Expressing slope

By Aileen Buckley, Mapping Center Lead

The vertical change in the elevation of the land surface, when determined over a given horizontal distance-along a road or stream, for instance-is known as its slope (figure 1). There are three primary ways to quantitatively express the slope between two points. In each, the lower the slope value, the flatter the terrain, and the higher the slope value, the steeper the terrain. The slope values may be expressed as a ratio, as a percentage or as an angle.

Slope example

Figure 1. Slope is computed from the elevation difference (rise) between two points A and B on a topographic map and the horizontal distance (run) between the two points.

Slope Ratio

The simplest way to express slope is to describe the slope as the slope ratio between the elevation difference (rise), and the ground distance (run) between the two points (figure 2). Mathematically, this is written as y/x. In figure 1, a rise of 85 feet over a run of 630 feet gives a slope ratio of 85/630, which is 0.13. Slope ratios can also be negative-a fall of 30 feet over a run of 150 feet gives a slope ratio of -30/150, which is -0.20. Notice that the vertical and horizontal distances must always be in the same units of measurement.

Slope calculations

Figure 2. The slope of a surface between two points can be expressed as a ratio (A), as a percentage (B), or as an angle (C), where tan-1 is read as “angle whose tangent is…”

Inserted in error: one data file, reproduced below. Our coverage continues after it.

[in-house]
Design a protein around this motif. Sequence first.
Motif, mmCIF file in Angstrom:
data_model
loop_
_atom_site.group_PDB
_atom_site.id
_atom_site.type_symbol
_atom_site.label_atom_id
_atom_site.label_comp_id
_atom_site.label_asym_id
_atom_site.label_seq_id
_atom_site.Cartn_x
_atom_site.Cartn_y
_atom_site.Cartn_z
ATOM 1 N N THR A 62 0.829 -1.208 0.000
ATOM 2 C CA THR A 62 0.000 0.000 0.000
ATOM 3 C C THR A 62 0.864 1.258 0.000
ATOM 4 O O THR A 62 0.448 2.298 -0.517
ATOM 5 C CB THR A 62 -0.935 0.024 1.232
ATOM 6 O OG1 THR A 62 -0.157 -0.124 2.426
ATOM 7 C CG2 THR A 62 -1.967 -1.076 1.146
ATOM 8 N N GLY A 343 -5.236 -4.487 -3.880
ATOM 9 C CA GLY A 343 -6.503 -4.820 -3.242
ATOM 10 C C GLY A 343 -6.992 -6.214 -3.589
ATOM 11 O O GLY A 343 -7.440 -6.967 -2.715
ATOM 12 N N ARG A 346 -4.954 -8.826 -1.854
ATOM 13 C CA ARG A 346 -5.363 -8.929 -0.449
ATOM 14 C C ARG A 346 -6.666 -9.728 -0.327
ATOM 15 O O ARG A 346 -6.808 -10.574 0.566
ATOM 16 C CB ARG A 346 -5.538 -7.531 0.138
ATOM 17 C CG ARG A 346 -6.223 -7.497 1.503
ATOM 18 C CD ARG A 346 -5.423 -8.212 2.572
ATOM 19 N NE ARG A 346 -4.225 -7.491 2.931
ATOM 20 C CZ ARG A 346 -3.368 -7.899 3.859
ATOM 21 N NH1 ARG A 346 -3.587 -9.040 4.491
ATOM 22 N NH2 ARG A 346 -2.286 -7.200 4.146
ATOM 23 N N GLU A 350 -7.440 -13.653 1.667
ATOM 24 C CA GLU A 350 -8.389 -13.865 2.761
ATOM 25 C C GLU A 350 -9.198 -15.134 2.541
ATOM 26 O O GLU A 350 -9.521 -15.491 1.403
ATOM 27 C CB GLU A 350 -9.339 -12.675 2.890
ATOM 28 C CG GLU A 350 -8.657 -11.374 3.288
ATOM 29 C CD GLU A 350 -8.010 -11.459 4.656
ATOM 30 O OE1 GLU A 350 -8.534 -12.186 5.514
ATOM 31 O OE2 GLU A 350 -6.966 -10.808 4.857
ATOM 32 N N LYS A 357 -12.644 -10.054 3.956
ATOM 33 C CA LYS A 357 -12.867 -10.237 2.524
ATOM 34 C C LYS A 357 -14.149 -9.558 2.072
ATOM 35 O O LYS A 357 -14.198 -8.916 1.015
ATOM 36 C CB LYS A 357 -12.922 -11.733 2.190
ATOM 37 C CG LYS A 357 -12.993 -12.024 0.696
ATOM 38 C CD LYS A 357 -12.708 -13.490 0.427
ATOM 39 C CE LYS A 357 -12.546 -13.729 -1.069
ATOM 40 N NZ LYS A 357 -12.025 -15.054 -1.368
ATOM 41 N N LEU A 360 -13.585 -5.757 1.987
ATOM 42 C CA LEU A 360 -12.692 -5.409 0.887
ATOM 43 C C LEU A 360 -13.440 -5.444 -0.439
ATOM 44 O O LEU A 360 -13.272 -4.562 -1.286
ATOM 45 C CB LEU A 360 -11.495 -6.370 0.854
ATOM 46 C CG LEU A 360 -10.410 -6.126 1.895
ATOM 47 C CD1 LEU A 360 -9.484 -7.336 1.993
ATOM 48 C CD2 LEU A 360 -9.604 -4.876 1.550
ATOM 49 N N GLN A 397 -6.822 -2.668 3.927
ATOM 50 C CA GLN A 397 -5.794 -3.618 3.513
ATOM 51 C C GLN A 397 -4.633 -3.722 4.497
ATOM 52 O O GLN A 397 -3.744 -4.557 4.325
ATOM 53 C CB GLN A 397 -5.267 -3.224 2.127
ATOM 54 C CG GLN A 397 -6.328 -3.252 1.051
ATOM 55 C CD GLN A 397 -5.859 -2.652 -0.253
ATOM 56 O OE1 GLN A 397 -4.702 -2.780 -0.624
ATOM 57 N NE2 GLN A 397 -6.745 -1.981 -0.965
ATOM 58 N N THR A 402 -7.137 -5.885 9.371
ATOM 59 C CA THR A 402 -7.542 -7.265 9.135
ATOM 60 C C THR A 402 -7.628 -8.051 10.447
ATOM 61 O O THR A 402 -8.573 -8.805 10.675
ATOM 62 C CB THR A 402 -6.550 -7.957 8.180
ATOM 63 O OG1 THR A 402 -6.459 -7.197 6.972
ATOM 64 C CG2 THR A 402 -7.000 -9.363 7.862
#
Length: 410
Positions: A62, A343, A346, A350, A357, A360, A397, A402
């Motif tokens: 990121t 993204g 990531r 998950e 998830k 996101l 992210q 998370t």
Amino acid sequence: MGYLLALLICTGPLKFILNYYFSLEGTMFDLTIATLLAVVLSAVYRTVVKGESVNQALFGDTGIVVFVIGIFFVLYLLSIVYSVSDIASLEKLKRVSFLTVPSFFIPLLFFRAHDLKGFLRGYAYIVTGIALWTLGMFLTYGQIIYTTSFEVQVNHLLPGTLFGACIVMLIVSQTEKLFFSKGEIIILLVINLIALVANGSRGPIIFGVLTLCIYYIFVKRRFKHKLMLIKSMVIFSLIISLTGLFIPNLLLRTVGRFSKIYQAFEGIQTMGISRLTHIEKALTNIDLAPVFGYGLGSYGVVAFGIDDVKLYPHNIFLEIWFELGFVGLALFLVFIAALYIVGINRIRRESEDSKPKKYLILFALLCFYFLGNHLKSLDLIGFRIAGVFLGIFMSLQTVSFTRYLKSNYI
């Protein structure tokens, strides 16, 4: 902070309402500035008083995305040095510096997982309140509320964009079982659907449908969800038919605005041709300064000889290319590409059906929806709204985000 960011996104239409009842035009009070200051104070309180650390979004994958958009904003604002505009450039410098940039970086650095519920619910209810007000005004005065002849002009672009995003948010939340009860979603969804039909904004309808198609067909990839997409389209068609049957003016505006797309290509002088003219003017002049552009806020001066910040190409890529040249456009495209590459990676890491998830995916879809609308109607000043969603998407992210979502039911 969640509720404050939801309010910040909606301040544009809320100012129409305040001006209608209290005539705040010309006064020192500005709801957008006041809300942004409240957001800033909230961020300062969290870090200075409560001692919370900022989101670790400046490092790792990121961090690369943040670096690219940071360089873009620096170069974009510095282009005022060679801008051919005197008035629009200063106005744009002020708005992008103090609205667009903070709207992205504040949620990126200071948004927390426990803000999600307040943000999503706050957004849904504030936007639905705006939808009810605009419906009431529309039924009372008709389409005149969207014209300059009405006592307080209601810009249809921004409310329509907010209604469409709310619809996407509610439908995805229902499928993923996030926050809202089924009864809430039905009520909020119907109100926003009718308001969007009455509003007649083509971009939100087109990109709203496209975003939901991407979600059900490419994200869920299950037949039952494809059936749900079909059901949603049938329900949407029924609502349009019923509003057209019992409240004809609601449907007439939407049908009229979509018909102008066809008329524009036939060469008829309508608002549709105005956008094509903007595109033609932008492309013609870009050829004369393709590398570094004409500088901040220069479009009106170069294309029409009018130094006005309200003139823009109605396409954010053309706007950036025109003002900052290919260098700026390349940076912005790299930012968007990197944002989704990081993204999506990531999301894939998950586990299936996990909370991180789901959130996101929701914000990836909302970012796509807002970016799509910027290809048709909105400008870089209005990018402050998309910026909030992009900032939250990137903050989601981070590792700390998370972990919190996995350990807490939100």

Slope Percentage

You can also express the ratio as a slope percentage (also called percent rise) (figure 3). To do so, simply multiply the slope ratio by 100. In the example above, the slope ratio 0.13 is also 0.13 * 100, or 13%. Slope percentages range from 0 to near infinity. A flat surface is 0 percent, and as the surface becomes more vertical, the slope percent becomes increasingly larger. In figure 2, you can see that when the angle is 45 degrees, as in triangle B, the rise is equal to the run, and the slope percent is 100 percent. As the slope angle approaches vertical (90 degrees), as in triangle C, the slope percent approaches infinity.

Slope figures

Figure 3. These triangles help demonstrate the comparison of the values for expressing slope as a ratio, as a percentage and in degrees.

Slope Angle

A third way to express slope is in degrees that relate to the slope angle (figure 3). Slope angle values range in degrees from 0 to 90. This way of specifying slope is based on the fact that the slope ratio (y/x) is the trigonometric tangent of the slope angle. Consequently, the slope angle is the inverse tangent (tan-1) of the slope ratio (the angle whose tangent is the slope ratio). A slope angle of 45° is a 100% slope, since this is the angle whose tangent and slope ratio is 1.0.

About the author

Dr. Aileen Buckley has been making maps since she was an undergraduate student. She has a Bachelors in Geography and Spanish from Valparaiso University, a Masters in Geography from Indiana University, and a Ph.D. in Geography from Oregon State University. She is a senior product engineer on the Living Atlas team, and her work focuses on determining and sharing best practices for mapping and analysis with modern GIS. She publishes and presents world-wide on many aspects of mapping and GIS. She is a co-author of Map Use: Reading, Analysis, Interpretation, and she is a co-editor for the Atlas of Oregon. Aileen is a former president of CaGIS (the U.S. cartographic association) and is actively involved with the International Cartographic Association in which she is the lead delegate for the United States.


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